Despite angering U.S. President Donald Trump, Prime Minister Justin Trudeau’s bold assertion that Canada “will not be pushed around” by America on trade earned the support of most Canadians, a new Nanos Research survey suggests.

The report, commissioned by CTV News and The Globe and Mail and released Sunday, shows that Trudeau’s handling of the tricky trade relationship with Trump has earned the support of the majority of Canadians.

The survey also found that a majority of Canadians are optimistic that Canada’s economic interests will be met if NAFTA is renegotiated.

Last Sunday, Canada’s list of retaliatory tariffs against the U.S. came into effect. Steel, aluminum and a long list of other products -- including playing cards, bourbon, pens and inflatable boats -- are among the $16.6 billion worth of American-made products affected.

Many of those products are produced in key states that Trump hopes to win during the U.S. midterm election in November.  

Trudeau’s government ordered the tariffs after the Trump administration slapped its own tariffs on Canadian-made steel and aluminum brought into the U.S., saying the goods posed a “national security risk.”

More than half of Canadians (59 per cent) believe Canada’s ongoing diplomatic outreach will be effective (15 per cent) or somewhat effective (41 per cent) to change the U.S. position on trade. Another 14 per cent disagree.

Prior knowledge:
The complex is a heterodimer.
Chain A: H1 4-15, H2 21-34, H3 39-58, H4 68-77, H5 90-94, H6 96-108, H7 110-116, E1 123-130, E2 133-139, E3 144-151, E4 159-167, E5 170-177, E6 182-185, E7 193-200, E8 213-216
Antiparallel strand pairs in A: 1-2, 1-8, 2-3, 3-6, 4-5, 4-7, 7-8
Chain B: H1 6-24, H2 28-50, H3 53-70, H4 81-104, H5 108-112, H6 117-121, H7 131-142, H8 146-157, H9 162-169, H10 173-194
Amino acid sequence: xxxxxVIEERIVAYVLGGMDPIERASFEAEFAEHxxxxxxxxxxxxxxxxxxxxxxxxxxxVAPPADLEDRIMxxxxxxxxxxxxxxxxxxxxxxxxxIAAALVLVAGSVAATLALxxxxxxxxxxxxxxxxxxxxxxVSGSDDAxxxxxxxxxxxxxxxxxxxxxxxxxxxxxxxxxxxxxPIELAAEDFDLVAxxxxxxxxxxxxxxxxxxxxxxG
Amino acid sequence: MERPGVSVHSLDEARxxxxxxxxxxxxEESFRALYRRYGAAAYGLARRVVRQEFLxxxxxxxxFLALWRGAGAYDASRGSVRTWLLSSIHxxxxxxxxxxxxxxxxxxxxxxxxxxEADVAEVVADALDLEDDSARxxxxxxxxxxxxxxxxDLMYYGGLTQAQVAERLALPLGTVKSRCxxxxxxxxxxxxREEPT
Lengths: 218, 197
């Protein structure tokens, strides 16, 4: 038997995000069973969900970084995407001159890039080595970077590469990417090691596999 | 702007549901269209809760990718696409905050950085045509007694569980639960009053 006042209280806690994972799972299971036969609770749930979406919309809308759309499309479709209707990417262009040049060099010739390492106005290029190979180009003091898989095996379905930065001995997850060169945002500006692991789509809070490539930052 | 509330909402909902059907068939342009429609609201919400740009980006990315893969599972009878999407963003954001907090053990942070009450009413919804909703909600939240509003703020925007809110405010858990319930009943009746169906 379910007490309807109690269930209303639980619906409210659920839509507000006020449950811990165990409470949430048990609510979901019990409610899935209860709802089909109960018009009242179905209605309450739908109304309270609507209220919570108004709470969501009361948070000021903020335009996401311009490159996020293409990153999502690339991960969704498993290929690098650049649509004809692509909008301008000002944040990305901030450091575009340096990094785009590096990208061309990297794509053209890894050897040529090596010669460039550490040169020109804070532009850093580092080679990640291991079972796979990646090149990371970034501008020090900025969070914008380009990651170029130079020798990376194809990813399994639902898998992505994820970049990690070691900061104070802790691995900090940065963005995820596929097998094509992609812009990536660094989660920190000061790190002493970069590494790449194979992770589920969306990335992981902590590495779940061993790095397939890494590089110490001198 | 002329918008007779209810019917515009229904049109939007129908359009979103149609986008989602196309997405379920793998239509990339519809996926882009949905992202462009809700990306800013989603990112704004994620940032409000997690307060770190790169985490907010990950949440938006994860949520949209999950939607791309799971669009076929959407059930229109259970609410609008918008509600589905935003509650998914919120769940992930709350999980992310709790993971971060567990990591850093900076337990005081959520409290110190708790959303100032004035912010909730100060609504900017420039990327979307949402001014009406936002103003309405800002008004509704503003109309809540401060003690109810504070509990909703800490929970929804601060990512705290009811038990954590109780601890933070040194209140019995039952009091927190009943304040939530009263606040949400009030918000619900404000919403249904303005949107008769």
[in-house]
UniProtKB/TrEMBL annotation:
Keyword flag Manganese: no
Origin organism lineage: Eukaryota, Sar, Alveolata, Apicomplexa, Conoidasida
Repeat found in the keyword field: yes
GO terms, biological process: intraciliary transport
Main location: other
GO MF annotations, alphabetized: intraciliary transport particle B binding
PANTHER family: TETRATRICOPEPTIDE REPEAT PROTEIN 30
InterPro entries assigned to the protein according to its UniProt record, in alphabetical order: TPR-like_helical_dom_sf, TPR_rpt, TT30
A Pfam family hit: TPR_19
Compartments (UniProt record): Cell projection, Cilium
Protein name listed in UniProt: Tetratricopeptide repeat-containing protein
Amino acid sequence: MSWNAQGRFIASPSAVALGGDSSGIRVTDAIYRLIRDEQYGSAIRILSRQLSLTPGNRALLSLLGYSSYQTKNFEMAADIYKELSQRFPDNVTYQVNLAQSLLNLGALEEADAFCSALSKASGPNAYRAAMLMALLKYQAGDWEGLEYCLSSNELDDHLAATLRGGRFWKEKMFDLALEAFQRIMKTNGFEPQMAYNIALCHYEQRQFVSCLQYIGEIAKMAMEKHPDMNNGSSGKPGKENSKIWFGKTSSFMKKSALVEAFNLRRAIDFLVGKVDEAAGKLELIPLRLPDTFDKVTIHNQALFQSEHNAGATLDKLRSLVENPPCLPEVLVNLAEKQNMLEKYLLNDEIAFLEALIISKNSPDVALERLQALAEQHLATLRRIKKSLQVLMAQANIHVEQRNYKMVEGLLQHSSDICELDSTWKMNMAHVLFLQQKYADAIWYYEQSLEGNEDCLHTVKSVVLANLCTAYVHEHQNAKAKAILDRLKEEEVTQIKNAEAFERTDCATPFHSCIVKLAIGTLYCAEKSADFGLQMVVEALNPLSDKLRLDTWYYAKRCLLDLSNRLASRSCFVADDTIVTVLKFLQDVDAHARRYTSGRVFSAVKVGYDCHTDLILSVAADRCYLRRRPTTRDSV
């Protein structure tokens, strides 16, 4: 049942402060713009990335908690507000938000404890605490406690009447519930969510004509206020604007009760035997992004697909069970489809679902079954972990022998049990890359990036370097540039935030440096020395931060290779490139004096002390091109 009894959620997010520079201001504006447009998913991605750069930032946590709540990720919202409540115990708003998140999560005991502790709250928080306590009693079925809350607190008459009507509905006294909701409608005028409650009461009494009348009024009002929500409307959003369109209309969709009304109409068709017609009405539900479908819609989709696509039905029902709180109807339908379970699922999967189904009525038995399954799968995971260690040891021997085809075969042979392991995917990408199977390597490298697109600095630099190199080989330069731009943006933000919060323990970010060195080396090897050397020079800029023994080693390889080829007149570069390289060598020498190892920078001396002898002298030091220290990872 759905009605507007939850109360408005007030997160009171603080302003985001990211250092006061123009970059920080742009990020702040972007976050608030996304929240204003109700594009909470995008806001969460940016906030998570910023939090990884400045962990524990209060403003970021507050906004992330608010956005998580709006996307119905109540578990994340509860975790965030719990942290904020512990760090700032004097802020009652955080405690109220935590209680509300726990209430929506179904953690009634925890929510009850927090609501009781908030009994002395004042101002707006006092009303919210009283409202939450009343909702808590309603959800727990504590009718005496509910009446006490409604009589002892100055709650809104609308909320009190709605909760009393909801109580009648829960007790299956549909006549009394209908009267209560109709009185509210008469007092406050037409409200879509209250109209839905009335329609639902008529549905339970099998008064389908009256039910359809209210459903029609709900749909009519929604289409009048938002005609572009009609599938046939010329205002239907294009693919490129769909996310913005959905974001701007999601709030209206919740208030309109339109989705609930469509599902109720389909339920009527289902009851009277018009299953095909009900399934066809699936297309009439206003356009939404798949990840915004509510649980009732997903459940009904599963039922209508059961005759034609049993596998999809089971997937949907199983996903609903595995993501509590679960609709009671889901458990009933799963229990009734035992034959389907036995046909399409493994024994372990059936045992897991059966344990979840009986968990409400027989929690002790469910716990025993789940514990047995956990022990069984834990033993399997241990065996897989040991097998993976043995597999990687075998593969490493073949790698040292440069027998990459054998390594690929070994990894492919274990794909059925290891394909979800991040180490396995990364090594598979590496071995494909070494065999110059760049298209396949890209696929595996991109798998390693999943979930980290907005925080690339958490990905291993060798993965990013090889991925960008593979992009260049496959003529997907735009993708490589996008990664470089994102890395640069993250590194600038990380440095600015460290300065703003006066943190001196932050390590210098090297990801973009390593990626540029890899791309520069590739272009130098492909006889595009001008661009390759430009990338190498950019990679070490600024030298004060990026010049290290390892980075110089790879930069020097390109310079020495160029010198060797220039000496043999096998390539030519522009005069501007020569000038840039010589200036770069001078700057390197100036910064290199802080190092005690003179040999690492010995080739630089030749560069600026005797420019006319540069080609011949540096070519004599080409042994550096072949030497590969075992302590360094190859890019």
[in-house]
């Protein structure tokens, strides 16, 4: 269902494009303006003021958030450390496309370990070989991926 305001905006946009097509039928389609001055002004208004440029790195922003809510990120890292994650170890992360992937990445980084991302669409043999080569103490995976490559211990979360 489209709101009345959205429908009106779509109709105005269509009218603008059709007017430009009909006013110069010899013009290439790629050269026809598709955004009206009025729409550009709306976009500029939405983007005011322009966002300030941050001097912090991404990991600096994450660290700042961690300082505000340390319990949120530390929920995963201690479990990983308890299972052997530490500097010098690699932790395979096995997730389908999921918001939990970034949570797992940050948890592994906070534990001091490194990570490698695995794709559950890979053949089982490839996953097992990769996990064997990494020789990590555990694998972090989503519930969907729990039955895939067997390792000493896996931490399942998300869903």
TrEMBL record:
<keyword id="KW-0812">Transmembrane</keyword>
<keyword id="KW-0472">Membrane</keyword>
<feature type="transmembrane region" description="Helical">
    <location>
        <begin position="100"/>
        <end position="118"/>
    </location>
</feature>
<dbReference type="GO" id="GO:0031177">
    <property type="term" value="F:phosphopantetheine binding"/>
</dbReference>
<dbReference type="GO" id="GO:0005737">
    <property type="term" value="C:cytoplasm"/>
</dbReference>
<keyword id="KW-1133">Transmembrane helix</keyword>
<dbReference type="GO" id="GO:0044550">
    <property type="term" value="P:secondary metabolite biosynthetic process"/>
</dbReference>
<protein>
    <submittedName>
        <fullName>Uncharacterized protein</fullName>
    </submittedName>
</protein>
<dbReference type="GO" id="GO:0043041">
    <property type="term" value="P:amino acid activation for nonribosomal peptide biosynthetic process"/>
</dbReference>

From a broader perspective, seven in 10 Canadians (or 71 per cent) approve or somewhat approve of Trudeau’s handing of the trade relationship with Trump. About one in four (26 per cent) disapprove or somewhat disapprove of Trudeau’s approach.

Following the G7 summit in Charlevoix, Que., Trudeau held a press conference where he insisted that Canada won’t be pushed around by the U.S. The statement angered Trump, who called Trudeau “meek and mild” during G7 talks.

Seven in 10 Canadians supported Trudeau’s move, with 53 per cent of respondents agreeing that the statement was a good idea and 23 per cent calling it a somewhat good idea. Only 22 per cent said it was a bad idea or a somewhat bad idea.

The fate of NAFTA remains unclear nearly a year after trilateral negotiations began. Trump has sent mixed messages over the deal. At times, he’s said he wants it totally scrapped, but he’s also said he’d be open to two separate trade pacts between U.S.-Mexico and U.S.-Canada.

While Canada’s NAFTA negotiators continue to work towards striking a deal, approximately six in 10 Canadians are confident or somewhat confident that Canada can protect its economic interests if NAFTA is renegotiated. Another 14 per cent say they are not confident.

Women, seniors and those living in Atlantic Canada and Quebec tended to be more supportive of Trudeau’s approach. Men, Baby Boomers and those living in the Prairies were generally less supportive.


The observations are based on a RDD dual frame (land- and cell-lines) hybrid telephone and online random survey of 1,000 Canadians, 18 years of age or older, between June 26th and 28th, 2018 as part of an omnibus survey. Participants were randomly recruited by telephone using live agents and administered a survey online. The margin of error for a random survey of 1,000 Canadians is ±3.1 percentage points, 19 times out of 20.